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Indiana Gov. Mitch Daniels (R) is dishonestly pushing a so-called 'right-to-work' law for Indiana that failed in 2011, but will likely return in 2012. For the first time, an Indiana Republican is challenging the governor's anti-union agenda. State Sen. Jim Tomes broke ranks with his party and penned a letter to the Evansville Courier & Press telling the truth about the law and the Republican agenda.
Like Republicans in other states, Daniels and his allies are lying about unions and what the law currently allows. The Taft-Hartley Act of 1947 already prohibits all the abuses that 'right-to-work' proponents claim to be fighting against. The reality of such laws is that they are assaults on unions and worker rights.
The letter Tomes wrote:
It is unfortunate that the upcoming Indiana legislative session is concentrating on targeting the working class, in particular those in the unionized sector.
I would have preferred to direct our efforts to accomplish goals of advancing all working families as well as small businesses and corporations.
It's my opinion that such an endeavor as that would be more beneficial for Indiana rather than seeking to single out one group at the expense of another.
There are already a great deal of statistics and data being presented in support of making Indiana a right to work state.
Some of the reports being used to support the argument for right to work were generated by the very groups pursuing this measure.
In my search, I found an unbiased report that used several models showing that right to work states have about a 6.5 percent lower wage. It also noted that the proximity of right to work states to non-right to work states enjoy somewhat of a higher wage than other right to work states.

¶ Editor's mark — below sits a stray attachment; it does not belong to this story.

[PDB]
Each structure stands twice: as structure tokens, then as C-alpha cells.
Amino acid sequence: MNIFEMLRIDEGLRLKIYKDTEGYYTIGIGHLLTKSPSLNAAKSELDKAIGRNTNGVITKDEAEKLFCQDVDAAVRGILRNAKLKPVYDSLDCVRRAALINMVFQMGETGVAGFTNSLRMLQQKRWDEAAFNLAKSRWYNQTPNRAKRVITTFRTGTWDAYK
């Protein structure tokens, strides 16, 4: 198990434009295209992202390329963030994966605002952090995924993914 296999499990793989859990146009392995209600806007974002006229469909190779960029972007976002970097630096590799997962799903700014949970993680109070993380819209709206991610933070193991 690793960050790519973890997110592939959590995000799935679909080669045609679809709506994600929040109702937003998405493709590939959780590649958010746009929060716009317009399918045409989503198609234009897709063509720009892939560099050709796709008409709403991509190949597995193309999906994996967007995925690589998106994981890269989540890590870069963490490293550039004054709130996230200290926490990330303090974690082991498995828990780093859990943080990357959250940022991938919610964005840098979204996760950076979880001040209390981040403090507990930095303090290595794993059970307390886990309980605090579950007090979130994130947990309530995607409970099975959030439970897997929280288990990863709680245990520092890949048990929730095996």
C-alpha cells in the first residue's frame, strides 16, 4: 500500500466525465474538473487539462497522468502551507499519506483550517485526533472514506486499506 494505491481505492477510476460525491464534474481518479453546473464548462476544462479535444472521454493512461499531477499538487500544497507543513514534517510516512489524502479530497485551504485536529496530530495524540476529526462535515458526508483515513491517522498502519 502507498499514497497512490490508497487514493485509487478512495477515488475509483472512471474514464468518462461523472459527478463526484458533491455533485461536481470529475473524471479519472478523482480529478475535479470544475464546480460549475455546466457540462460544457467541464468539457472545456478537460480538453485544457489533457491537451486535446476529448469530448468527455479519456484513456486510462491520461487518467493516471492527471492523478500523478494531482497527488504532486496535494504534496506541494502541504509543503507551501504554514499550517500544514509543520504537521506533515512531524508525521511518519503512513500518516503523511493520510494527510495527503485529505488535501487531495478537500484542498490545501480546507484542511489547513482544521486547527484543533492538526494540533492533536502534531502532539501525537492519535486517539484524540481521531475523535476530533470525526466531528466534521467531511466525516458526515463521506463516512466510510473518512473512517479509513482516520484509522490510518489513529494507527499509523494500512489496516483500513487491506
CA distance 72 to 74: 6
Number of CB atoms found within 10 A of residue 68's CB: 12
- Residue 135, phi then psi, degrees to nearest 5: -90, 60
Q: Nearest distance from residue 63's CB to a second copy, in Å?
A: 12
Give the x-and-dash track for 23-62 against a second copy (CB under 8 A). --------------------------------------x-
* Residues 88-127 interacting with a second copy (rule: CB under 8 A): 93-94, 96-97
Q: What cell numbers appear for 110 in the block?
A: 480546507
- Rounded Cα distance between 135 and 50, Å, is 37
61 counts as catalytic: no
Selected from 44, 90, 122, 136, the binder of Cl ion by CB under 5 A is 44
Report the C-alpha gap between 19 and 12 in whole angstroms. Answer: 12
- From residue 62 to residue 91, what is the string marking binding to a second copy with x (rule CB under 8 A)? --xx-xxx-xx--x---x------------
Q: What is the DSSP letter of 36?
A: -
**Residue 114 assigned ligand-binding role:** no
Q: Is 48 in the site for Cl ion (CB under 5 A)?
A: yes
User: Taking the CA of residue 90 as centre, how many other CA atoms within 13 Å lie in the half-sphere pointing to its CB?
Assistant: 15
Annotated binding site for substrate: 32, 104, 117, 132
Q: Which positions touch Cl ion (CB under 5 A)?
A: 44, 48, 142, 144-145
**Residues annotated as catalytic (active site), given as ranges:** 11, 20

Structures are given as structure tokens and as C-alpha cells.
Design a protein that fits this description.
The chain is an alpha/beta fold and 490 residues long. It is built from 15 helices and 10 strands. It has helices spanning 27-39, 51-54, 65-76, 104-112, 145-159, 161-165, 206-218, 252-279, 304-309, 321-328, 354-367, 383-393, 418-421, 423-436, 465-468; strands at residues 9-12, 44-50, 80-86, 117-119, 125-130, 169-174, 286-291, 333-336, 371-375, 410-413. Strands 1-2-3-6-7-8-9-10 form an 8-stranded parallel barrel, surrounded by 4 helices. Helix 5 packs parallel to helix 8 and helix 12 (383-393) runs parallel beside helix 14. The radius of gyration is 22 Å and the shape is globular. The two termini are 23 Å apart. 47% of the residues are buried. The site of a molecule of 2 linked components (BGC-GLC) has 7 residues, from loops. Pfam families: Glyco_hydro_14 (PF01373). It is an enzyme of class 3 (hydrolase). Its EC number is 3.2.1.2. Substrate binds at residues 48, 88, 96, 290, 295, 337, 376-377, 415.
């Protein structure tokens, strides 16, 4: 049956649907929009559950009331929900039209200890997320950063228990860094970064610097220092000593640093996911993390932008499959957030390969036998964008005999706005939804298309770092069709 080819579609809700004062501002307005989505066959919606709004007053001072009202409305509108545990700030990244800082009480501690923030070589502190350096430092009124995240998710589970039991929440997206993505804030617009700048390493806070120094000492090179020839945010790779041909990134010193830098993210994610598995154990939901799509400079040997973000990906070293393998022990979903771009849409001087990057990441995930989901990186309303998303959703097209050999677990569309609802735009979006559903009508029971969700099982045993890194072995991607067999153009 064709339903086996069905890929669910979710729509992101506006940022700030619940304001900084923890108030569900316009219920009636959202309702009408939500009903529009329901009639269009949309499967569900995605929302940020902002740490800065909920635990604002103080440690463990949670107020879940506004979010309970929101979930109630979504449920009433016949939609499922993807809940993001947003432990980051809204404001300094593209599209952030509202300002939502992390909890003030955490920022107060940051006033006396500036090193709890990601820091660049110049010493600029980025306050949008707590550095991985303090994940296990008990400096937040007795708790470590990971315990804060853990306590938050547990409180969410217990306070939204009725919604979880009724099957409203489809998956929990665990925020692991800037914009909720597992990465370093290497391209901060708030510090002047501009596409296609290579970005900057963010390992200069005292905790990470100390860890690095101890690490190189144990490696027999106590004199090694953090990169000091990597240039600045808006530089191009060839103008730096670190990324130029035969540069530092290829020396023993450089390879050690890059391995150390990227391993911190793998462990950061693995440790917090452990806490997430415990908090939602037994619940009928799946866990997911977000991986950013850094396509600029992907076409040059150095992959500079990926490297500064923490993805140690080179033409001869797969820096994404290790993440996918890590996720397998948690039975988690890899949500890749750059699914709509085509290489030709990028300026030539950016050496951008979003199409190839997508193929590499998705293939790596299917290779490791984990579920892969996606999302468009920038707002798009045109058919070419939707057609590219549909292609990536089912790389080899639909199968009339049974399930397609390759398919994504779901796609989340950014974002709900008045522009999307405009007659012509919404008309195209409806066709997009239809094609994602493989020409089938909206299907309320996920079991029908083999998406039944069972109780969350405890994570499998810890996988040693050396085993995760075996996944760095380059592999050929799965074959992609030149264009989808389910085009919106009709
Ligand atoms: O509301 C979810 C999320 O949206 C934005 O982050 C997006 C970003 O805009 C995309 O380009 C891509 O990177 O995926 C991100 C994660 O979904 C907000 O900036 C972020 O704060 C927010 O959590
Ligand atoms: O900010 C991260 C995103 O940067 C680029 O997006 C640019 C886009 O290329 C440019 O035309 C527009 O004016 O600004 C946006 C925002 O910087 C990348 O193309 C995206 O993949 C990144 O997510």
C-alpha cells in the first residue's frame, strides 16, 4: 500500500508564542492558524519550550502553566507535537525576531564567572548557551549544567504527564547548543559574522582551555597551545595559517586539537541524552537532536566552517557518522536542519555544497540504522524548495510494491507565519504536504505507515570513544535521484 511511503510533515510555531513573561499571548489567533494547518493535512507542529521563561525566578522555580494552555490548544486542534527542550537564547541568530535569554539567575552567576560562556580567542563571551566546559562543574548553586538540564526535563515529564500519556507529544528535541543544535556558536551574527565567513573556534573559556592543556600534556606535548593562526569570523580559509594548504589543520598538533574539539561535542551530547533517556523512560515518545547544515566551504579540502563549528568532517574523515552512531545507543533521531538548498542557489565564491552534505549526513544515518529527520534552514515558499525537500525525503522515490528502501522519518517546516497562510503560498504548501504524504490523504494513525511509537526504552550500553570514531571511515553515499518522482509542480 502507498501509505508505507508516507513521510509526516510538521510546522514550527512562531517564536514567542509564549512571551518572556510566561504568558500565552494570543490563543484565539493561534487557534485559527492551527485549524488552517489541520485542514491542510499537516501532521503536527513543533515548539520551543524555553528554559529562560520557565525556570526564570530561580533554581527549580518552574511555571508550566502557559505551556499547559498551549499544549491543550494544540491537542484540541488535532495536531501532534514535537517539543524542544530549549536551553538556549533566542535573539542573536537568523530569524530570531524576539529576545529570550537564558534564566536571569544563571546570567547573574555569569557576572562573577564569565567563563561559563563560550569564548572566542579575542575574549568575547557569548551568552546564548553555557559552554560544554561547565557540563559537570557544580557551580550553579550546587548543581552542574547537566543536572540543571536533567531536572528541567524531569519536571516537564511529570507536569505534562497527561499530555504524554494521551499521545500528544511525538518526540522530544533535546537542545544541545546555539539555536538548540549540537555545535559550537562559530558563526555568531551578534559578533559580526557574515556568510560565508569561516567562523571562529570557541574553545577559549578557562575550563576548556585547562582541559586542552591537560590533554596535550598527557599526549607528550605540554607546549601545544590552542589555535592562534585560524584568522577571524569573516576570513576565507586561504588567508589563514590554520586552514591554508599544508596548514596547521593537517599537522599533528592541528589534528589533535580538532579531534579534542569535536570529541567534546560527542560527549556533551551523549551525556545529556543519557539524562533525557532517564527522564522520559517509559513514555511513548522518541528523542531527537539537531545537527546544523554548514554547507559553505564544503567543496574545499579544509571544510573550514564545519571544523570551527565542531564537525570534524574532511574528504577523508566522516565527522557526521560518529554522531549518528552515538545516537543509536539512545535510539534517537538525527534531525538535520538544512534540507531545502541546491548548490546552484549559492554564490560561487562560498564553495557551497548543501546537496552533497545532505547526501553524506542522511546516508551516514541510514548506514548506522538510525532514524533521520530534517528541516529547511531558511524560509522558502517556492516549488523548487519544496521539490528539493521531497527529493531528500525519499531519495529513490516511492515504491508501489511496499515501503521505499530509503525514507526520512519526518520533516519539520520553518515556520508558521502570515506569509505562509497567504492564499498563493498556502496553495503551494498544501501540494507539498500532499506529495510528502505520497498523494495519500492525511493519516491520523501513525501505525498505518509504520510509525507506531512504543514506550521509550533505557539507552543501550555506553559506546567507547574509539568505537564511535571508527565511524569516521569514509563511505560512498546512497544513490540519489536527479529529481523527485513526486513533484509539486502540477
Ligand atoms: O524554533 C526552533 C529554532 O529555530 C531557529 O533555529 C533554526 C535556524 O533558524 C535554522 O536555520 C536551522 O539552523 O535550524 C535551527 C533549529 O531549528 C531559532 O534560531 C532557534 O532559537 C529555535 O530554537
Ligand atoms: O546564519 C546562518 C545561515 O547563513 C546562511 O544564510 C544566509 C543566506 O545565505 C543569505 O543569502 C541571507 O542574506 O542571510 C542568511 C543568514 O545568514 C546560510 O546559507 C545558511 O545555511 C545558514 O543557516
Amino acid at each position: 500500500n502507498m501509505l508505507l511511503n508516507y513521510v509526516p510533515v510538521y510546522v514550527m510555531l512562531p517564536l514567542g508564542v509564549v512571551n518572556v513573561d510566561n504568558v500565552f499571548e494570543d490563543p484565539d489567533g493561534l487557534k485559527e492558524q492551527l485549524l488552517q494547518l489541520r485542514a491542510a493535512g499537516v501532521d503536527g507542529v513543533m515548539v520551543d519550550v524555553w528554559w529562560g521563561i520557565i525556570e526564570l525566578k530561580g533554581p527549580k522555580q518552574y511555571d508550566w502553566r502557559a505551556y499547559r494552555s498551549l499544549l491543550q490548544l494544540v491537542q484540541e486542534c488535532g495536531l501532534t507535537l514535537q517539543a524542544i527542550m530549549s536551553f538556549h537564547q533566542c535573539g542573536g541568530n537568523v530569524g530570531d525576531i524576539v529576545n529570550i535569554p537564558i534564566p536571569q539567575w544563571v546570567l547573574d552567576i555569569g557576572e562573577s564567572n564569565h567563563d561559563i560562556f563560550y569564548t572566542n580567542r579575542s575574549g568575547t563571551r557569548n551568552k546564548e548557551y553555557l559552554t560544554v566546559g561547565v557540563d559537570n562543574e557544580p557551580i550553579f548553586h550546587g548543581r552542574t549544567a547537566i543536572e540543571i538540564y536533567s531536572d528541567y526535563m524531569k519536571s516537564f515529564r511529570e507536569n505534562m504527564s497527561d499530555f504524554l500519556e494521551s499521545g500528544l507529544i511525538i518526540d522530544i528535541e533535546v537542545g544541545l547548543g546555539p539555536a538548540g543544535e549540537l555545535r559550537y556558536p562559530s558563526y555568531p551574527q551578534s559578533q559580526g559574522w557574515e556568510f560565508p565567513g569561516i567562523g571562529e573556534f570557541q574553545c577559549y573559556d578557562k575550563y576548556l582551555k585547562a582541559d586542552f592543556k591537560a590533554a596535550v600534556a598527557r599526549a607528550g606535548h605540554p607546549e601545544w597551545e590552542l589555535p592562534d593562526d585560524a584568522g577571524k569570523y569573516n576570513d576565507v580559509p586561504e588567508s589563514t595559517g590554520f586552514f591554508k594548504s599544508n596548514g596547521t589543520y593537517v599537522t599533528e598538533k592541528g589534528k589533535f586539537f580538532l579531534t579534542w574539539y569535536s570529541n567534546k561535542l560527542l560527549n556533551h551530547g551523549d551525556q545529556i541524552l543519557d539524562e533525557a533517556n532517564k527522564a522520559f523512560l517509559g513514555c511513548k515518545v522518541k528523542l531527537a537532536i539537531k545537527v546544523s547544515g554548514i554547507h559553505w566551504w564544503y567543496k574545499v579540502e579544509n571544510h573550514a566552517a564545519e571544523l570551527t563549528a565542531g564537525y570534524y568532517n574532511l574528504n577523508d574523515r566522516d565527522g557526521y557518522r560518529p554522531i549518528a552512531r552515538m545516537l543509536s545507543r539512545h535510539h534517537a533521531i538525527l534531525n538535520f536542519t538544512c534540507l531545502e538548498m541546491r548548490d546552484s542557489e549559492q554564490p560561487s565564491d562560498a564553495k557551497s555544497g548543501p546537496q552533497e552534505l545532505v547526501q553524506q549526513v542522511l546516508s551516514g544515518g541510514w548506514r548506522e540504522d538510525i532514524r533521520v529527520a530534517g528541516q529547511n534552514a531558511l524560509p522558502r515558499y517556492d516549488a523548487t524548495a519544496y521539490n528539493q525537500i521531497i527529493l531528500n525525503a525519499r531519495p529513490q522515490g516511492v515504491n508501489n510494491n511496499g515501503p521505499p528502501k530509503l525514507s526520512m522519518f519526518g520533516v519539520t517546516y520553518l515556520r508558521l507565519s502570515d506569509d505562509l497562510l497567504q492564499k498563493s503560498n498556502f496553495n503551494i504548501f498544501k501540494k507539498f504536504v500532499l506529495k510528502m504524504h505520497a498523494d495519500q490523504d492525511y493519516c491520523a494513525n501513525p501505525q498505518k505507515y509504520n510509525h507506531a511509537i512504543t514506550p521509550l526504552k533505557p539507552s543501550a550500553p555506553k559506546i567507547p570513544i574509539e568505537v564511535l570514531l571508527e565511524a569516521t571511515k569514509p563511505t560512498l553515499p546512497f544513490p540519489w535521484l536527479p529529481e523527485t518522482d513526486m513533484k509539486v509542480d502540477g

Those workers who are members of a union are recipients of the services provided by their organizations, much like members of a country club, fraternal organization, or countless other local, state and national clubs and organizations.
Should we excuse anyone who receives services rendered from paying for that service? Should it be that if the plumber or auto mechanic that performs a duty as requested and expected be subjected to the notion that a person should opt to pay what they feel like paying or whether to pay at all?
That is the core of the right to work conflict -- to establish that a person under a union agreement can opt to pay dues or not.
For the building trades, those dues are used to maintain training centers. In those facilities, workers learn their trade; they achieve their apprenticeship, journeyman and master level in their field. It's that intense training that provides them the opportunity to excel, just like a college education provides students the opportunity to succeed.
Whether it's a labor or trade union, the individuals working in those jobs are people who want to carve out a good standard of living for themselves and their families, just like workers in all sectors of society.
Let's not seek to bring anyone down, but instead aim to move everyone up.
Jim Tomes is a Republican Indiana state senator from Wadesville.
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